Cardiology Advances


Advances in Cardiology and Heart Surgery

Probing the Predictive Capability of a Next Generation Implantable Cardiac Monitor

Elaine Wan, MD, is an invasive cardiac electrophysiologist with the Division of Cardiology at NewYork-Presbyterian/Columbia University Irving Medical Center and the Esther Aboodi Associate Professor of Medicine in Cardiology and Cardiac Electrophysiology at Columbia. As a physician-scientist and Director of Electrophysiology Research, Dr. Wan applies her expertise to developing novel treatments for patients with heart failure, vascular dysfunction, and arrhythmias. She also oversees all electrophysiology clinical trials at Columbia.

Dr. Elaine Wan

Dr. Elaine Wan

In March 2021, Dr. Wan was named as one of two national Principal Investigators, along with Scott Solomon, MD, Brigham and Women’s Hospital, for a nationwide 58-site clinical trial that is accumulating physiological measurement data and heart failure event data for use in designing and developing new diagnostic features for the LUX-Dx insertable cardiac monitor (ICM) system. This next generation loop recorder, LUX-Dx is expected to provide a chronic monitoring platform with advanced sensors for detecting heart arrhythmias, as well as heart failure. The device will record electrocardiograms, heart sounds, thoracic impedance, respiration, activity and night time heart rate. The diagnostic sensor data will be compared to clinical testing data and heart failure decompensation events.

“The study seeks to use an implantable loop recorder not only to diagnose heart arrhythmias, but also to diagnose patients with heart failure and to monitor them for any heart failure exacerbation.” — Dr. Elaine Wan

“We are excited to be a part of this trial, which is continuing to enroll patients. The study seeks to use an implantable loop recorder not only to diagnose heart arrhythmias, but also to diagnose patients with heart failure and to monitor them for any heart failure exacerbation,” says Dr. Wan. “The loop recorder is a small device no bigger than the size of half my pinky. It will allow us to use the sensors on this device, which was approved in 2020 by the FDA for rhythm monitoring, to also diagnose and monitor our heart failure patients who have either preserved ejection fraction or reduced ejection fraction. The study essentially encompasses all types of heart failure.”

The device is injected through a very small incision in a procedure that takes less than two minutes to perform. “Because the implantable loop recorder is underneath the skin patients do not have to worry about it coming off – it’s always with them, and it can be removed at any time,” says Dr. Wan.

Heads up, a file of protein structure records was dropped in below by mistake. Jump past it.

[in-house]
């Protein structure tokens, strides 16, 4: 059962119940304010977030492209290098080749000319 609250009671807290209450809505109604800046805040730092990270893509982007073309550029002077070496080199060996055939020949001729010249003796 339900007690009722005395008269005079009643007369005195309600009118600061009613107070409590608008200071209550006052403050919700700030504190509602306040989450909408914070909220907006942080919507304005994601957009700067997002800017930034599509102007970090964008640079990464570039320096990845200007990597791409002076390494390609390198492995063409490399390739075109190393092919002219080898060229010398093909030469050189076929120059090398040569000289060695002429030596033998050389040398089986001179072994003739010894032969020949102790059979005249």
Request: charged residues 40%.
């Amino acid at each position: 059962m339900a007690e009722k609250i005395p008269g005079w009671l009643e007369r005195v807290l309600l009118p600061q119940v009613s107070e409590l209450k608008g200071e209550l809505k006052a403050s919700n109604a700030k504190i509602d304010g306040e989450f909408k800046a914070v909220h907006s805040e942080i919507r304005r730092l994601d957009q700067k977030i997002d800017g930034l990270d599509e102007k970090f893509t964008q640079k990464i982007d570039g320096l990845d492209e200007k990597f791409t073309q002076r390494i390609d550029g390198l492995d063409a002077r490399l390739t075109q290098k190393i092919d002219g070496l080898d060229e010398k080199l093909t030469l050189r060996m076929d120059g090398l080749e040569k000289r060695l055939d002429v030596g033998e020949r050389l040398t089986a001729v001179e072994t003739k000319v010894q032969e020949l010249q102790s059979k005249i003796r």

“Previously, a loop recorder only had sensors for rhythm monitoring, which is still the current indication,” continues Dr. Wan. “The device is patient triggered. If a patient feels unwell, they can press a button and transmit information from the device to us. It also downloads data automatically. The next generation LUX-Dx has expanded the number of diagnostic sensors considerably. Analyzing the data from these sensors is expected to provide predictors of a possible heart failure exacerbation enabling physicians to treat patients aggressively before they need to be hospitalized. In one small device, we can obtain an abundance of information not only on heart arrhythmias, but also on the overall condition of the patient, their activity and exercise levels, their heart rate variability, and even the angle at which they sleep at night. For example, if a patient is requiring more pillows to sleep on, it may be a marker of increasing shortness of breath due to heart failure symptoms.”

“This type of remote monitoring for patients with cardiovascular disease is at the forefront of medicine, merging the expertise of electrophysiologists with heart failure specialists,” says Dr. Wan. She notes that what is particularly interesting about the LUX-Dx – as distinguishable from wearable monitors – is that digital technology is being used to risk stratify data from these sensors to identify which patients are most at risk of having a heart failure exacerbation. “The next goal at NewYork-Presbyterian will be to determine how we could apply this data to improve healthcare outcomes and prevent hospitalization. We will continue pursuing innovative and new technology at NewYork-Presbyterian that will help physicians to obtain real-time feedback on their patient’s heart condition from anywhere, anytime.”

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Dr. Elaine Wan


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